Mills, the 27-year old the Angels acquired from the Toronto Blue Jays for catcher Jeff Mathis, isn't exactly on fire: He's 1-2 with a 7.66 ERA in his past five outings and he has battled some tendinitis in the last month.

But with Dan Haren and Jerome Williams on the disabled list, the Angels didn't have many places to turn short of the trade market, where the price for starting pitchers can be exorbitant. The situation is only slightly sunnier for after the All-Star break. It could be hold-your-breath time when anyone other than Jered Weaver or C.J. Wilson is starting.

Scioscia says Williams will return to the rotation after the break. He will have missed more than three weeks after having to be hospitalized for difficulty breathing after his June 18 start. He made two rehab starts for Triple-A Salt Lake and was hit on the right forearm by a line drive in one of them, but came back to pitch six solid innings Friday night.

He said he didn't have any further problems with his breathing or with excessive anxiety.

"They told me to know where my heart rate is, to work on my breathing and not panic," Williams said. "I just have to monitor that and do a job."

The Angels also will need a fifth starter after the break since their next off day isn't until July 26. That spot figures to go to either Mills or Garrett Richards.

Here are lineups for Saturday night's game vs. the Baltimore Orioles, a rematch between aces Weaver and Jason Hammel:

Baltimore
Xavier Avery LF
J.J. Hardy SS
Chris Davis RF
Adam Jones CF
Jim Thome DH
Matt Wieters C
Wilson Betemit 3B
Joe Mahoney 1B
Robert Andino 2B

Angels
Mike Trout CF
Torii Hunter RF
Albert Pujols DH
Kendrys Morales 1B
Mark Trumbo LF
Alberto Callaspo 3B
Howie Kendrick 2B
Erick Aybar SS
Bobby Wilson C

3 up, 3 down: Angels 7, Orioles 3

June, 26, 2012
6/26/12
8:23
PM PT


Baltimore's Camden Yards is always a good place to hit and the Angels offense is settling into a dangerous groove. Combine the two and you have perhaps the most prolific display Angels hitters have put on this season.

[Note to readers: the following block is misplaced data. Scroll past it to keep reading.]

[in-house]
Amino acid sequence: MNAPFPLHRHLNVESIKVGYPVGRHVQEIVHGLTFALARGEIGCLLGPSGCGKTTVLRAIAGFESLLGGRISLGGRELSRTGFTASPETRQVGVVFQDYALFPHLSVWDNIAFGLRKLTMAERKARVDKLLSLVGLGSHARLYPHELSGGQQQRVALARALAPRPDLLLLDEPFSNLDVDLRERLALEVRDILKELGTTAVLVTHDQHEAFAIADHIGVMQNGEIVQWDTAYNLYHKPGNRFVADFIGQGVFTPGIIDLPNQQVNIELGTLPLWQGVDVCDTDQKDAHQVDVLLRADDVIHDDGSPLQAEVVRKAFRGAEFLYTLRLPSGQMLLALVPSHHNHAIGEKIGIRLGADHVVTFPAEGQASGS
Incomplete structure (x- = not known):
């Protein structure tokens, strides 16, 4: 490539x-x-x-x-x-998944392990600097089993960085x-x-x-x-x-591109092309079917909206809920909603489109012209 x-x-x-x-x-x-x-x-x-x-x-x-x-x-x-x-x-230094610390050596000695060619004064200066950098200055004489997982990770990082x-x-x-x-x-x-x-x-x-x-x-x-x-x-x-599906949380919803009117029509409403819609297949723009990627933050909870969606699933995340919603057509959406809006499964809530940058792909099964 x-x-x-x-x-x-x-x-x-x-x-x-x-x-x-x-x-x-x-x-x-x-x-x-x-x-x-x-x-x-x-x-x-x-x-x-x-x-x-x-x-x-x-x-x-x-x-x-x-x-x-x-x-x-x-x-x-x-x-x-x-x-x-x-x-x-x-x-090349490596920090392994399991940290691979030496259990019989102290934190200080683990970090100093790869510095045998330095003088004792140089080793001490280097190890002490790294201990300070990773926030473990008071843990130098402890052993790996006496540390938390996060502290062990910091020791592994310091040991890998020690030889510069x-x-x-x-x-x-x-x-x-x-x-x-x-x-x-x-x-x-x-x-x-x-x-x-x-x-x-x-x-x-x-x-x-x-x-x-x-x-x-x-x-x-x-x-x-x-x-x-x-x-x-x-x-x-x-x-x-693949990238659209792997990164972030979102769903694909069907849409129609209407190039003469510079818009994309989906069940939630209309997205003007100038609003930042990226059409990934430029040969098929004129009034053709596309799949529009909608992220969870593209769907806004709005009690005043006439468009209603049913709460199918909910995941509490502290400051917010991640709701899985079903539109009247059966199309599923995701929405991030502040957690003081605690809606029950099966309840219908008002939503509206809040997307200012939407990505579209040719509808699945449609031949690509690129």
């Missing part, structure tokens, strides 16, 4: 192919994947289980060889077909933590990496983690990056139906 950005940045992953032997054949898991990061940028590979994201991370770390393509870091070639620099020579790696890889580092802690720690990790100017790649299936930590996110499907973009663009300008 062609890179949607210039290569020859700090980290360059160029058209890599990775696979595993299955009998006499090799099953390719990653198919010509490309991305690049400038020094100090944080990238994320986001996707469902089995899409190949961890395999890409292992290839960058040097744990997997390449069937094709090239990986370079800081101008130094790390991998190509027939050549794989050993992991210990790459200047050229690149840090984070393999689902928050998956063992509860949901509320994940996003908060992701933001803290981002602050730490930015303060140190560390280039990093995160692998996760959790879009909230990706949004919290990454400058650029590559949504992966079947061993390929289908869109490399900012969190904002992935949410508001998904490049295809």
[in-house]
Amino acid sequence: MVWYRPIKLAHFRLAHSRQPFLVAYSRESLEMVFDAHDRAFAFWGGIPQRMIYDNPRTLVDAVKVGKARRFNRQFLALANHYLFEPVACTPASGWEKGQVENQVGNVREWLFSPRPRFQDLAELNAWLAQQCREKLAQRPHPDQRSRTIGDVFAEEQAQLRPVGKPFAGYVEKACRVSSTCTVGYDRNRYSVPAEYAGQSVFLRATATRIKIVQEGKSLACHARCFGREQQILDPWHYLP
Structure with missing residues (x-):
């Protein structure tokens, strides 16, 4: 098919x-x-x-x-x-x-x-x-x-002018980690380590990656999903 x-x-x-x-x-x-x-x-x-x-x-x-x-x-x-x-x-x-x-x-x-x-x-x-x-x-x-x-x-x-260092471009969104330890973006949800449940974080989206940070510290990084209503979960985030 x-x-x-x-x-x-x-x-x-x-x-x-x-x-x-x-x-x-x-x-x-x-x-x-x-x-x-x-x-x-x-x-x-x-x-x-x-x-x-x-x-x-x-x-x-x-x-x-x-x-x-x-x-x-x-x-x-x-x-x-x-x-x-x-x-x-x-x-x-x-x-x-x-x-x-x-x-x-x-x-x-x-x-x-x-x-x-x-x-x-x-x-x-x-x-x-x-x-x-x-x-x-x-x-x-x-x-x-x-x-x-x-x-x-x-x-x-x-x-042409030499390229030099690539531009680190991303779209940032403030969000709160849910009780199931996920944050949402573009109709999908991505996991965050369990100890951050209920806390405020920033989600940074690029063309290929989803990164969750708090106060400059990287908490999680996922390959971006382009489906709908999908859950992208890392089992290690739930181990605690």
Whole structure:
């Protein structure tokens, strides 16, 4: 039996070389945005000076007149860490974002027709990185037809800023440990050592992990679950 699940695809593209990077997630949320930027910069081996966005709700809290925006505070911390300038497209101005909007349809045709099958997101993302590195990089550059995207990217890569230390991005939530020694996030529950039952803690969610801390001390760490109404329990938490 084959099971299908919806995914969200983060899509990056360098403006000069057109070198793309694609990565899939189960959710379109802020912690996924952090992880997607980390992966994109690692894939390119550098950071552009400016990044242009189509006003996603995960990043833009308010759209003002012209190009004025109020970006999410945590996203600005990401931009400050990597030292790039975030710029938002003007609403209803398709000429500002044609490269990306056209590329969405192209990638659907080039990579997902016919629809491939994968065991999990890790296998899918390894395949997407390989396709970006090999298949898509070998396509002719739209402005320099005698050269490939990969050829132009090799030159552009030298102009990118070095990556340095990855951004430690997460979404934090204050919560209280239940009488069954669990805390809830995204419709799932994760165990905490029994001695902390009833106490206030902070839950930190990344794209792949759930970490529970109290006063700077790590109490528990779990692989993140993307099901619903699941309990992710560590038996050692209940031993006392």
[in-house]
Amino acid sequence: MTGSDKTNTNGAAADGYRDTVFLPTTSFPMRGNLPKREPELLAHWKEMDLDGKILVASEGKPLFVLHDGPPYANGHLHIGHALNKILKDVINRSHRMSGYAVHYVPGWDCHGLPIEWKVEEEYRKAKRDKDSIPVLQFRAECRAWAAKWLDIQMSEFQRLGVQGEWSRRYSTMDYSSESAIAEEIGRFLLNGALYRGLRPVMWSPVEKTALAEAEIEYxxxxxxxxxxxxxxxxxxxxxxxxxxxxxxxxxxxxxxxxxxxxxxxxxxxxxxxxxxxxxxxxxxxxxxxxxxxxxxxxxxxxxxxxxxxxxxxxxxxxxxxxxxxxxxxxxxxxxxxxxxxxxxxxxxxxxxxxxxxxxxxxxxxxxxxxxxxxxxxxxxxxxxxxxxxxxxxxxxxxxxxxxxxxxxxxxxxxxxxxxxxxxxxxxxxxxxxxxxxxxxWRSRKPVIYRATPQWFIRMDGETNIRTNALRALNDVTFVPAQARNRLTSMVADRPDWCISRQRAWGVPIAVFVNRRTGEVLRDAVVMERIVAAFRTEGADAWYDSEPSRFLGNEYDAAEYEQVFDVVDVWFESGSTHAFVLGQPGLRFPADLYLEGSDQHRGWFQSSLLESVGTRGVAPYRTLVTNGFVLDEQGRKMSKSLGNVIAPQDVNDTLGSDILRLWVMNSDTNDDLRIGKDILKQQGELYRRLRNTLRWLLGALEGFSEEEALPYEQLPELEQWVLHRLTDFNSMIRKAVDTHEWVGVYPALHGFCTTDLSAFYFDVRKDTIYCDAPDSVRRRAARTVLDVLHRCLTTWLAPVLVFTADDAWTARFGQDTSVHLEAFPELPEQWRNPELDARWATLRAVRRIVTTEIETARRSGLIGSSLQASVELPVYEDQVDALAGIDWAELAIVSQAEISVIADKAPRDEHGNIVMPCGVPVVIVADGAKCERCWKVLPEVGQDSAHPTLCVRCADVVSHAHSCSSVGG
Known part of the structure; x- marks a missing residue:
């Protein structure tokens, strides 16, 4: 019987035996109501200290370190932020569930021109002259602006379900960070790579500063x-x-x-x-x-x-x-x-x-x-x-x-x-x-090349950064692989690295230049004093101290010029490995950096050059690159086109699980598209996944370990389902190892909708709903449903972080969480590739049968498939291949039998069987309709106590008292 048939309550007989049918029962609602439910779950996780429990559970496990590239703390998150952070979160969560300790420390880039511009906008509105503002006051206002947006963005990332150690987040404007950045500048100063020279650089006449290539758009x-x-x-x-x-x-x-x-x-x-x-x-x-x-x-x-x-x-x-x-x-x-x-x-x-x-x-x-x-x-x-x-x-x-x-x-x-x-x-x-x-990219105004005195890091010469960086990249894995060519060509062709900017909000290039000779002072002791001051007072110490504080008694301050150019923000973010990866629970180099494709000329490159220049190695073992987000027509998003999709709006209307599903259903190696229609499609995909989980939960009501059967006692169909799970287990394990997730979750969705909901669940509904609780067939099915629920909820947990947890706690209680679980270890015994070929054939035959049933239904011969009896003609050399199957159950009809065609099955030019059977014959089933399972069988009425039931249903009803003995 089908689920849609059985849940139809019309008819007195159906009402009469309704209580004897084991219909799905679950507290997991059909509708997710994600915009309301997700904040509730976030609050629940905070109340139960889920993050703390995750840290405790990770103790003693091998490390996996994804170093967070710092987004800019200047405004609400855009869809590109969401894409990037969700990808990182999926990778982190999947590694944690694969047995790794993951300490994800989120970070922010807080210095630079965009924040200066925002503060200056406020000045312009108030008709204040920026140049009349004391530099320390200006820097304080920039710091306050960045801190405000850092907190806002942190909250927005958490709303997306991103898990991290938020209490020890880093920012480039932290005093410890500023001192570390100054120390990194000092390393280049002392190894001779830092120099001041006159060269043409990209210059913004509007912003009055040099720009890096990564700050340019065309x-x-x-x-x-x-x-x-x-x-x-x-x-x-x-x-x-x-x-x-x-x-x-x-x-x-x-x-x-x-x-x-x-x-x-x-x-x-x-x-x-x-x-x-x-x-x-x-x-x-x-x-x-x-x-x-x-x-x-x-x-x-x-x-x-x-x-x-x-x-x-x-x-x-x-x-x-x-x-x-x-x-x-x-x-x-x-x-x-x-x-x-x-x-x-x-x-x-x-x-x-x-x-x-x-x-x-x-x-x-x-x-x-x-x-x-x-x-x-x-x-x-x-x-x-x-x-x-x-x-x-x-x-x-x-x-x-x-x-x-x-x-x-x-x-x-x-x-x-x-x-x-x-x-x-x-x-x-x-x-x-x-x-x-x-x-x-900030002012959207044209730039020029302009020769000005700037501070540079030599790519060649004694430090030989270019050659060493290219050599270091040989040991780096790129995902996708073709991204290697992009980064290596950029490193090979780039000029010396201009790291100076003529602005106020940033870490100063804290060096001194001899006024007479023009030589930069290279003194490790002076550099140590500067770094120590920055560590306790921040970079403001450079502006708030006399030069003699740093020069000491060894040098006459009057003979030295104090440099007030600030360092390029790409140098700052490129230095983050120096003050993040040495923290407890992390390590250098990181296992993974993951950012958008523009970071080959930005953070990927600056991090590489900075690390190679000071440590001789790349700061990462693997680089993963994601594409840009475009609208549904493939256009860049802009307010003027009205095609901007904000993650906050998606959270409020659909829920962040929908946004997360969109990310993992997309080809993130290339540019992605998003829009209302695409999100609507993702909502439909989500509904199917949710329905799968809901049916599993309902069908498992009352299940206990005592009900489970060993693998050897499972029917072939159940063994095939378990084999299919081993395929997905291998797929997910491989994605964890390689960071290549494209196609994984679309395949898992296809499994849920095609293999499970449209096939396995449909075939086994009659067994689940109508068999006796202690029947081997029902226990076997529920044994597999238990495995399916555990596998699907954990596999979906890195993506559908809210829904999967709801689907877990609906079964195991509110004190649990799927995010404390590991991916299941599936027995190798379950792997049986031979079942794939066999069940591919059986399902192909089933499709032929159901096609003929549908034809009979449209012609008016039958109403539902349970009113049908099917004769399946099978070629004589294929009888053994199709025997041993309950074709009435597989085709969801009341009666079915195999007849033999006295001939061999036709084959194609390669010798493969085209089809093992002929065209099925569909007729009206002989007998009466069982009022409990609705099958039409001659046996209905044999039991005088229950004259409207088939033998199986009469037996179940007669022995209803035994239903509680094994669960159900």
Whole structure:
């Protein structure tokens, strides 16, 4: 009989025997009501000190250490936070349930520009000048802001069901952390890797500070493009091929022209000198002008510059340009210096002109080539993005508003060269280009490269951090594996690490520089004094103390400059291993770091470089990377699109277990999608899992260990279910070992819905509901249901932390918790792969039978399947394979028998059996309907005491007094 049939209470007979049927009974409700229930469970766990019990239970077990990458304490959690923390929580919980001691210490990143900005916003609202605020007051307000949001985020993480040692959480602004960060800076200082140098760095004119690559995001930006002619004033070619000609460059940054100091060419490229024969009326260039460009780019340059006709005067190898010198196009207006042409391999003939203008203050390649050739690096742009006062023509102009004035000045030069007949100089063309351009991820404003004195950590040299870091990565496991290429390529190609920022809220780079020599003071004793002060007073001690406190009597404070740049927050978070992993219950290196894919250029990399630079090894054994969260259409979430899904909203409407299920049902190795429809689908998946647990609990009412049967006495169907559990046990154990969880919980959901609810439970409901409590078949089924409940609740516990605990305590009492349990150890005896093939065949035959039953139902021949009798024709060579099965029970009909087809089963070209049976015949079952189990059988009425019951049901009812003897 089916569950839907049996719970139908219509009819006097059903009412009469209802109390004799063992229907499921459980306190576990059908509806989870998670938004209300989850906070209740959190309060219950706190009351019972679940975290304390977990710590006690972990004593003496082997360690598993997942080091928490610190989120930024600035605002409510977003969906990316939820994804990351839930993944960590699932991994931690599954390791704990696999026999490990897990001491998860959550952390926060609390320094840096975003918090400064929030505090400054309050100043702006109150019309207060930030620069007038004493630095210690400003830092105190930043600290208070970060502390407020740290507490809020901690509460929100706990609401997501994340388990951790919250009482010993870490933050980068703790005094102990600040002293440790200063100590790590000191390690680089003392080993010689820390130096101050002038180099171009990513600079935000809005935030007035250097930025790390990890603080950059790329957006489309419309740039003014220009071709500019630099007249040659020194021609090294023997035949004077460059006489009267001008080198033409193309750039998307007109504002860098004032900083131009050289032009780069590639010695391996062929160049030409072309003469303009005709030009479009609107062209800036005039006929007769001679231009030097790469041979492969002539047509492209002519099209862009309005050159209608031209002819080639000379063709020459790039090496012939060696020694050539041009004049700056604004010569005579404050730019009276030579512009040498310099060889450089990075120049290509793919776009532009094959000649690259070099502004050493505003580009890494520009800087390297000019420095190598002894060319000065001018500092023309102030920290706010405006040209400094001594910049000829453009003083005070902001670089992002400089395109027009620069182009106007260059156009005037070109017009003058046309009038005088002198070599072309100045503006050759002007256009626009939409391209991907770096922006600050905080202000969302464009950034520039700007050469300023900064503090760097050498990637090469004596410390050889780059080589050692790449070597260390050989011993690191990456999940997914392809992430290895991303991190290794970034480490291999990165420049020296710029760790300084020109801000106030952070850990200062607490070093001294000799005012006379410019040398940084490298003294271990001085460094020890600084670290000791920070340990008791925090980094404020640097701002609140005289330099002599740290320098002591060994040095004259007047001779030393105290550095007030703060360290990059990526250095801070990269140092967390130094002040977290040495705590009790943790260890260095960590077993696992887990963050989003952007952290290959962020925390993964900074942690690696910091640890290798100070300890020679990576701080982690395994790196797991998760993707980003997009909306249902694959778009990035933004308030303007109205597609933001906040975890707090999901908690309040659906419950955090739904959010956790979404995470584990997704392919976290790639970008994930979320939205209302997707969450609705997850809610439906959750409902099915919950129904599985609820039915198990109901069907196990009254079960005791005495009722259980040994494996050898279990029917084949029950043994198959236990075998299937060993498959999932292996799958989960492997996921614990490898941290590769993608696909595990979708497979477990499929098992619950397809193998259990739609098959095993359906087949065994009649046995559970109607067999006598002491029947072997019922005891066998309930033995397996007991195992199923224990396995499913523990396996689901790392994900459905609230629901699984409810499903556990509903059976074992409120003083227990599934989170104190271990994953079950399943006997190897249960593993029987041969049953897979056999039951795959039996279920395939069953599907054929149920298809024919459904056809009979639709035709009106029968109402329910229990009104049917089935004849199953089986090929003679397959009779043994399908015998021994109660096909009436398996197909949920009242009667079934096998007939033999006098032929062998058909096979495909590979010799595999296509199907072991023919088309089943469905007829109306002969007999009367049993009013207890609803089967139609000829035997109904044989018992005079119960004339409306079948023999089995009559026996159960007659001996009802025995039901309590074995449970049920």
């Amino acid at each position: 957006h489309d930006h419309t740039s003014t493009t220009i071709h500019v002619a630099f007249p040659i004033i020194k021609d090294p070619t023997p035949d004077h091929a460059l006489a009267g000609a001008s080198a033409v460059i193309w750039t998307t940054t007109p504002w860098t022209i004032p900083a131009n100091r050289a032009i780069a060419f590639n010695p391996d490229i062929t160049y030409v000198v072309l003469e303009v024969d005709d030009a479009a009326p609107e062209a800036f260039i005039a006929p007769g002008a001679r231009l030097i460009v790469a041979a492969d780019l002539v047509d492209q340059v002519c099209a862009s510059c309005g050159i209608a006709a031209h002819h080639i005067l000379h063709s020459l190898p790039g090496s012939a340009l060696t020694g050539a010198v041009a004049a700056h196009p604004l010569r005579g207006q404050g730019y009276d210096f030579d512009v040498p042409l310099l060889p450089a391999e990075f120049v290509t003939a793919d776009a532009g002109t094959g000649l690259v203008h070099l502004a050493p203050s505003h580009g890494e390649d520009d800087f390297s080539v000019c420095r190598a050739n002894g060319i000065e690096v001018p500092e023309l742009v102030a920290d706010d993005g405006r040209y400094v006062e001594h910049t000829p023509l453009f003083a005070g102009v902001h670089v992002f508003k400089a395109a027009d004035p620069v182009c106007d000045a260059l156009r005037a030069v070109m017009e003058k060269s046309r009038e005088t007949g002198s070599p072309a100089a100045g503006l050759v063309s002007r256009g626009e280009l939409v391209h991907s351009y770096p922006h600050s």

The Angels had a season-high 17 hits in a 7-3 win over the Baltimore Orioles Tuesday, including four home runs. They just keep on trucking, having won 12 of their last 13 road games, though it was interrupted by a lengthy homestand.

The Good:

Another victim. Albert Pujols added Orioles youngster Brian Matusz to a ridiculously long list of pitchers he has homered off of. Pujols connected for a two-run shot off the lefty, the 282nd pitcher Pujols has taken deep. He also added Camden Yards to his list of 33 different ballparks he has homered in, several of them now no longer standing. Pujols didn't have a great homestand, but the overall trend has been clear: up. He has 11 homers and 34 RBIs in 38 games since May 15.

All-Star lefty? C.J. Wilson has gotten himself into an unbelievable amount of trouble in his last few starts and gotten himself out of virtually all of it. Can it continue? Probably not -- the law of averages suggests it's a dangerous way to live -- but his escape artistry is helping him motor through a great first half. Wilson (9-4) is 5-0 in his seven starts since May 18, over which he has a 1.30 ERA over that span.

Power to the ninth. John Hester has developed into Wilson's personal catcher. That and a surprisingly robust bat could make him the Angels' backup catcher when Chris Iannetta returns from the disabled list, a development that could put Bobby Wilson in danger of being designated for assignment. Hester, batting ninth, homered along with two other hits. His only out was a drive to the base of the left-field wall. His defense appears flawed, but he's making up for it by chipping in when he's at bat.

The Bad:

Why Erick? Why? Why did Erick Aybar try to score from first on Hester's two-out single to center in the fourth inning? He was, predictably, thrown out easily. Aybar isn't the only Angels hitter to look unnecessarily aggressive on the bases this season. He wasn't the only guy in this game (Torii Hunter). Would it kill this team to settle in and play for a big inning every once in a while. It's kind of how things are done in this league, especially in cozy little stadiums like Baltimore's.